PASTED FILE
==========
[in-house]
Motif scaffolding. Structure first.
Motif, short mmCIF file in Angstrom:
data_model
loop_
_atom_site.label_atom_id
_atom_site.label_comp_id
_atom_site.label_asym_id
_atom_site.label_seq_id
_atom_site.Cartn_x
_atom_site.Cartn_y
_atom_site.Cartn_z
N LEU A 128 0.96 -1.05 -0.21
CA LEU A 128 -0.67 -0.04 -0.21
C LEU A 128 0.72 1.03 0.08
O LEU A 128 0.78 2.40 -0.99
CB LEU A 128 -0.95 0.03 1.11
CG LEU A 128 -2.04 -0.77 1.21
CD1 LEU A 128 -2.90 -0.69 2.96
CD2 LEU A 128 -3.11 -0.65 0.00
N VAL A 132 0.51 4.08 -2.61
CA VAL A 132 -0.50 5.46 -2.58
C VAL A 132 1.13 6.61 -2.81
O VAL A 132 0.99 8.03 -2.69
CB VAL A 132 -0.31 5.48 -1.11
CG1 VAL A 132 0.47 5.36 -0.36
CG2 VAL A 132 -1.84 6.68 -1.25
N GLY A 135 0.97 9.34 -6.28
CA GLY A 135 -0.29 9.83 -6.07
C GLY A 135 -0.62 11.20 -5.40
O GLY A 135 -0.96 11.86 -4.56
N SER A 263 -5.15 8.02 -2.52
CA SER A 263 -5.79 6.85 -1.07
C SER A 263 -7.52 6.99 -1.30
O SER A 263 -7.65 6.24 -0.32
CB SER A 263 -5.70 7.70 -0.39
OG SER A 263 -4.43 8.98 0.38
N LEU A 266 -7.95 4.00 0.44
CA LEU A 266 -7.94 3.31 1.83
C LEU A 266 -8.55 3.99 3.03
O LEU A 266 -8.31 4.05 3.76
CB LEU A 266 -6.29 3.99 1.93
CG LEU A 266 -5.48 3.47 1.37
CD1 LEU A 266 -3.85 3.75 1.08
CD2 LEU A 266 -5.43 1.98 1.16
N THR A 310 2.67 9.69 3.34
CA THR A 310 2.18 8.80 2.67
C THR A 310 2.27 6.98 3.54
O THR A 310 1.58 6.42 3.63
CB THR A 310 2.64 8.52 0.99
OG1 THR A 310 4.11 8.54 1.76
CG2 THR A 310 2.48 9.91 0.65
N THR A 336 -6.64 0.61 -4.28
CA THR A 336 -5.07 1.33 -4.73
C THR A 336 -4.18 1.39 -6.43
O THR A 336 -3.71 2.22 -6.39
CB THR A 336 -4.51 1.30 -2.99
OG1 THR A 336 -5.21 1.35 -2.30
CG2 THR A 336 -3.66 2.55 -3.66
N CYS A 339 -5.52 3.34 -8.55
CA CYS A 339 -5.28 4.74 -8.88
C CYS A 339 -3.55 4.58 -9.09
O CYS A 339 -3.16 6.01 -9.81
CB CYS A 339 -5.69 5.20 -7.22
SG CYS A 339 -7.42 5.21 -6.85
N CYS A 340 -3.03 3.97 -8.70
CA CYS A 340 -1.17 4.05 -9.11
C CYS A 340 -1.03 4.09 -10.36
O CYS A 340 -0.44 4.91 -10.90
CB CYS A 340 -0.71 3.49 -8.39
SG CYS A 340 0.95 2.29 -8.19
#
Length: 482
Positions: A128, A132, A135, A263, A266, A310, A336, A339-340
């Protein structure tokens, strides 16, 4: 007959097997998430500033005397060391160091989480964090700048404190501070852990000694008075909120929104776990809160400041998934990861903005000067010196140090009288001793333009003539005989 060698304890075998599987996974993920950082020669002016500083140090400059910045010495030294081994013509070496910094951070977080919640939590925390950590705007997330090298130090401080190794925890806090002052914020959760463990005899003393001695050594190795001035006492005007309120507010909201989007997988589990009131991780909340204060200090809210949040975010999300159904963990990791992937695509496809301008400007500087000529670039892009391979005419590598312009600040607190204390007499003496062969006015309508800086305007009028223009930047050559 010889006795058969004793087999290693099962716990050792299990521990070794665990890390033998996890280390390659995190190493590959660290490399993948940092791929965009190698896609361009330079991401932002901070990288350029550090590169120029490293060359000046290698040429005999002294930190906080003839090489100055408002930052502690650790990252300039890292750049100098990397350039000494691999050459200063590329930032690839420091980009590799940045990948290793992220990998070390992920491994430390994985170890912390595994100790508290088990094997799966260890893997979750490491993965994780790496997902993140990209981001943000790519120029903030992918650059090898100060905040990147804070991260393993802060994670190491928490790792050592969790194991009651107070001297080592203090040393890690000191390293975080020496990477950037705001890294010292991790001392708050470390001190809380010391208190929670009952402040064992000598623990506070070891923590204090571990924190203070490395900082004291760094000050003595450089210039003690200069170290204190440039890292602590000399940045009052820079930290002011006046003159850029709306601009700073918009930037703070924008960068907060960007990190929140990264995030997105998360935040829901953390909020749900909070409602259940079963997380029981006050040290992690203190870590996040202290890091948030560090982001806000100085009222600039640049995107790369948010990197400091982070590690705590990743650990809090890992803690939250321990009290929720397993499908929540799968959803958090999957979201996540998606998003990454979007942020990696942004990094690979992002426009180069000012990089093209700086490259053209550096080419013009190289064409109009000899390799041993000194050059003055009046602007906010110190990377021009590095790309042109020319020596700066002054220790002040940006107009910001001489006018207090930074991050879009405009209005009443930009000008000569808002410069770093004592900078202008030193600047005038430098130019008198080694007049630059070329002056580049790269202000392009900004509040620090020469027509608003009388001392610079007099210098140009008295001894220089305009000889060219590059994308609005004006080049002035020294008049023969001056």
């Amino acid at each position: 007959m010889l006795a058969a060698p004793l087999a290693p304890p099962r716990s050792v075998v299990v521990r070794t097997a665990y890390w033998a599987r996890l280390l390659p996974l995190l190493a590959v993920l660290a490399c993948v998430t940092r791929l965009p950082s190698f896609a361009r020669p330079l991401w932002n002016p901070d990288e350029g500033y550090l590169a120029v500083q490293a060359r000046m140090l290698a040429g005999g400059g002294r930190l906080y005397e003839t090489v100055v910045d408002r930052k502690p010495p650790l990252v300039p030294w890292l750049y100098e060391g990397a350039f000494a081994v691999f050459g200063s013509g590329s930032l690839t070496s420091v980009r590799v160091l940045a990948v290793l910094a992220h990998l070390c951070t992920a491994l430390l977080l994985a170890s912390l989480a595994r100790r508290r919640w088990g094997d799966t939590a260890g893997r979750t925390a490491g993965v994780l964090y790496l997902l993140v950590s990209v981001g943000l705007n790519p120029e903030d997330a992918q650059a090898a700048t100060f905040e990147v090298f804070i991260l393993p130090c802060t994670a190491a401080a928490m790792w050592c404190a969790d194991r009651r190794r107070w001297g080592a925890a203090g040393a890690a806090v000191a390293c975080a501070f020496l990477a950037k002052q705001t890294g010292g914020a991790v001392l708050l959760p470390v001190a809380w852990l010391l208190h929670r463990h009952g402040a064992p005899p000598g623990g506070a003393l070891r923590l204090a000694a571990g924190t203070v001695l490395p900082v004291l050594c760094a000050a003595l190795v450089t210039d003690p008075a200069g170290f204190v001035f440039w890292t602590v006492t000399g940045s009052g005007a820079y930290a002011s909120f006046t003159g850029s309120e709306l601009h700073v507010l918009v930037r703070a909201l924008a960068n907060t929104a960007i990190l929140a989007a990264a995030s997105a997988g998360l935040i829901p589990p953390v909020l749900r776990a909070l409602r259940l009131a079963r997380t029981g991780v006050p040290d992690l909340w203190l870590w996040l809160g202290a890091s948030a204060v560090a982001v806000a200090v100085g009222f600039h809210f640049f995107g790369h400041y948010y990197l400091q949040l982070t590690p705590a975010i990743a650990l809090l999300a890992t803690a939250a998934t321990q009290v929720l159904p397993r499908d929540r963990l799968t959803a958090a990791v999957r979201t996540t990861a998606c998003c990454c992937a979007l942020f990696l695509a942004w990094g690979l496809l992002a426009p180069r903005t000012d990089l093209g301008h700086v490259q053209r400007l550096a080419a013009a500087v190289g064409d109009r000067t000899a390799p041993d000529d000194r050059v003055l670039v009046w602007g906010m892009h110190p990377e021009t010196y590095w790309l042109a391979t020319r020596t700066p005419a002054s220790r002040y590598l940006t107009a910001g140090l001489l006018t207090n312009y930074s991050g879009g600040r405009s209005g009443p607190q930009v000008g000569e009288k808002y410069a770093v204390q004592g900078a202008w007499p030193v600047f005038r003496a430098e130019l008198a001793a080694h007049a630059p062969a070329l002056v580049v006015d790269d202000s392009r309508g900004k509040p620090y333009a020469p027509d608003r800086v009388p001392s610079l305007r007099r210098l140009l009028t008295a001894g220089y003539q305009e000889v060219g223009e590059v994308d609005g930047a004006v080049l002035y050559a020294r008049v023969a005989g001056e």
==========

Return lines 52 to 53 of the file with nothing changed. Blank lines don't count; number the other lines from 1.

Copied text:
CG2 THR A 310 2.48 9.91 0.65
N THR A 336 -6.64 0.61 -4.28